World Economy

G20 Fails to Find Tangible Solutions to Trade Issues

Financial leaders have expressed concern that trade disputes among major economies could pose downside risks to the global economy
Argentina’s Treasury Minister Nicolas Dujovne (L), accompanied by Argentina’s Central Bank Governor Federico Sturzenegger speak at a news conference after the G20 meeting on Friday.Argentina’s Treasury Minister Nicolas Dujovne (L), accompanied by Argentina’s Central Bank Governor Federico Sturzenegger speak at a news conference after the G20 meeting on Friday.

Finance leaders from the Group of 20 major economies agreed that trade disputes pose a threat to global growth but did not produce concrete steps to tackle the issue after a two-day meeting that concluded on Friday.

The gathering in Washington was held amid mounting fears that a tariff skirmish between the United States and China could escalate into a full-blown trade war, Kyodo reported.

Argentine Treasury Minister Nicolas Dujovne told a press conference that while there was a strong consensus on the benefits of trade, opinions differed on the role that multilateralism had to play. Argentina holds the G20 presidency this year.

 US President Donald Trump has criticized multilateral trade frameworks such as the North American Free Trade Agreement and the Trans-Pacific Partnership as disadvantaging his country, pushing for bilateral deals instead.

 Dujovne stressed that the G20 sees trade as a factor in assessing economic conditions and was not equipped to take specific measures. "We have to recognize the limitations that we as a group have," he said.

While some differences over trade appeared in the last few months, Dujovne said G20 members "still have a very big consensus on the benefits of trade for growth."

"The idea that the gains from trade have to be evenly shared is a concern that was placed both by advanced economies and emerging economies," echoed Argentine central bank Governor Federico Sturzenegger, noting "there was general appeal for multilateralism."

 The finance ministers and central bank governors did not issue a joint statement, having done so just last month. At that gathering in Buenos Aires, they agreed to "recognize the need for further dialogue and actions" on trade.

 Other issues that were raised at the G20 meeting include the risk that faster-than-expected tightening of monetary policy in the United States and Europe could roil financial markets.

 Geopolitical risks were also discussed, including the civil war in Syria where the United States and its allies launched airstrikes in response to alleged chemical weapon attacks by the Russia-backed government.


Japan warned its G20 counterparts that protectionism and exchange of retaliatory measures will disrupt financial markets and heighten volatility. “I told my G20 counterparts that no country would benefit from inward-looking policies based on protectionism,” Finance Minister Taro Aso told reporters after a dinner gathering of the G20 finance leaders on Thursday, Reuters said.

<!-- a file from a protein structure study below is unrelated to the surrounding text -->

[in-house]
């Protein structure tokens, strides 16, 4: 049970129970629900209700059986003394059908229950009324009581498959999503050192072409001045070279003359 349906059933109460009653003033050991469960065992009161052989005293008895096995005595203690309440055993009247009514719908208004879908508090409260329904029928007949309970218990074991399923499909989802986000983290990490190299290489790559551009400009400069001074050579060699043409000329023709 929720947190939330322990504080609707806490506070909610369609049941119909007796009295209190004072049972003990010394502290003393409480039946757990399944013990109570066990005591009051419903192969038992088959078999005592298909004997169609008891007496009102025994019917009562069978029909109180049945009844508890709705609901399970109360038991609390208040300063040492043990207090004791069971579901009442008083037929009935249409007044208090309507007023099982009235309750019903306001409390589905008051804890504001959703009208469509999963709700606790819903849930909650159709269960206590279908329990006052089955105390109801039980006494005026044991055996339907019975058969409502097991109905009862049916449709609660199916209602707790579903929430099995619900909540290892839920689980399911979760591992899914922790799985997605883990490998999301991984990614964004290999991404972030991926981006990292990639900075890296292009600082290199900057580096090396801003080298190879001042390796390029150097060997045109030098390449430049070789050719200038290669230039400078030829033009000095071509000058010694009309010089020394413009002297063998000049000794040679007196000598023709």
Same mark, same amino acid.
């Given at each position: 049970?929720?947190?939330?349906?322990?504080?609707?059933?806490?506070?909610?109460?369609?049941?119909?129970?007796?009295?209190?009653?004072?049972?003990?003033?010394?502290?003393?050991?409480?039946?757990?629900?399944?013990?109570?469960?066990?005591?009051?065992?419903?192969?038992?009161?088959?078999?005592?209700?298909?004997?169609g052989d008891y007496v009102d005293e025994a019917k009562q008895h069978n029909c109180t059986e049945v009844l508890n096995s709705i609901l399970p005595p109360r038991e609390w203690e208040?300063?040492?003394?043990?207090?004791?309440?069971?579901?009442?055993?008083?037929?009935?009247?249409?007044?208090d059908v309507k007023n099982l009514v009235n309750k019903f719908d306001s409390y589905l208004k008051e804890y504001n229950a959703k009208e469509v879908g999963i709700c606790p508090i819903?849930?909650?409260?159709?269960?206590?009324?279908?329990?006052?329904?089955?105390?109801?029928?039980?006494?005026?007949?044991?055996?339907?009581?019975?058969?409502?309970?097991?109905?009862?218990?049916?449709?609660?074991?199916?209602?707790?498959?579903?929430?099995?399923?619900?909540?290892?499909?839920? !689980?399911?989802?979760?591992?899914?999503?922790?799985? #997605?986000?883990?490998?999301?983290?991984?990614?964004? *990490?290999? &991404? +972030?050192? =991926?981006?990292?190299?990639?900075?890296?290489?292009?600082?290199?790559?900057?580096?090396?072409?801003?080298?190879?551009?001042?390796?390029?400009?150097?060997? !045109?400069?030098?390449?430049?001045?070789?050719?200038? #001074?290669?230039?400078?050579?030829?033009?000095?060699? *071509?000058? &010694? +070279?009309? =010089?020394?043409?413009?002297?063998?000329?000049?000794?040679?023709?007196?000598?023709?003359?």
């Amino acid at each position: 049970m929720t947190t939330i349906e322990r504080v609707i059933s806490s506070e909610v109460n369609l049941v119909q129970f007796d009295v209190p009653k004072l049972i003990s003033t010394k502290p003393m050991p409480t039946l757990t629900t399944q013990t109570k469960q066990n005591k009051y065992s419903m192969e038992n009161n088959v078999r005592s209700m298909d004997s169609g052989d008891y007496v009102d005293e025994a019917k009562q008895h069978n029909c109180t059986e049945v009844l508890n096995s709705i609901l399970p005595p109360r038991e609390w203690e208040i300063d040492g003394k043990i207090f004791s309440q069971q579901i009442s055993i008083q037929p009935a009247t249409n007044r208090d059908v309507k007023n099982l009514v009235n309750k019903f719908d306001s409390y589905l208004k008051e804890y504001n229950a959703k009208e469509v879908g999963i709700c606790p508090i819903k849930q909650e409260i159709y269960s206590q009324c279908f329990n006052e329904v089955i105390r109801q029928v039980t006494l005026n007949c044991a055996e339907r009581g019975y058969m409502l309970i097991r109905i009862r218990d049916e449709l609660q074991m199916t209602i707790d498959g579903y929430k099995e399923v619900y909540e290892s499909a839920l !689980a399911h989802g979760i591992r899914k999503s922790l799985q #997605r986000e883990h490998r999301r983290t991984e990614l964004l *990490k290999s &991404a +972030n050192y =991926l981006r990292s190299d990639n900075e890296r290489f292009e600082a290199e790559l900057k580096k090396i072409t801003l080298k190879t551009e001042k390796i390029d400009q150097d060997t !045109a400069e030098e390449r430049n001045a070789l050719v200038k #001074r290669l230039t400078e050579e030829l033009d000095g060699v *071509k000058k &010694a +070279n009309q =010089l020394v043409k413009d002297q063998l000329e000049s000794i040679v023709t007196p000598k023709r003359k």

Aso stressed the need to solve global imbalances under a multilateral, not a bilateral, framework. He also said currency markets remained vulnerable to abrupt shocks that could disrupt emerging market capital flows, as central banks of advanced economies start to dial back their crisis-mode stimulus programs.

Downside Risks 

Financial leaders have expressed concern that trade disputes among major economies could pose downside risks to the global economy, Xinhua reported.

Chinese Vice Finance Minister Zhu Guangyao said at the meeting that current global recovery is facing "substantial challenges from a strong wave of anti-globalization and unilateralism."

He urged G20 members to "firmly support the multilateral trading system" and strengthen macroeconomic policy coordination so as to lay a solid foundation for sustainable global growth, according to a statement posted on the website of China's Ministry of Finance.

The G20 meeting comes after the Trump administration recently announced additional tariffs on imported steel and aluminum and threatened to impose broad tariffs against Chinese imports.

These unilateral protectionist measures have sparked widespread criticism and provoked threats of retaliation from major trading partners, raising the prospect of escalating global trade conflicts that threaten global recovery.

Politics Replaced by Sanctions

Russia condemned the use of economic sanctions and equaled them to protectionism, Russian Finance Minister Anton Siluanov said at the meeting on Friday, Tass reported.

"We spoke in condemnation of the restrictive measures which are being introduced against Russia and a number of other states. Politics is being replaced by sanctions, which, in our opinion, contradicts the principles of G20," the minister told reporters on the sidelines of this year’s Spring Meetings of the International Monetary Fund and World Bank Group in Washington.

He said that his speech also mentioned tariff restrictions, protectionism and the need to respect principle of extraterritoriality. "We need to consider those issues and make decisions as professionals, from the economic point of view. I think that such decisions should also be condemned because they contradict the spirit of G20 decisions," Siluanov said.

He added that economic sanctions were an element of protectionism. "Sanctions against Russia have primarily dealt a blow to Europe, they positively influenced the stocks of US aluminum producers, and had a negative impact on Russia. This measure is purely protectionist," he said.

The group involves Argentina, Australia, Brazil, Britain, Canada, China, France, Germany, India, Indonesia, Italy, Japan, Mexico, Russia, Saudi Arabia, South Africa, South Korea, Turkey, the United States and the European Union.



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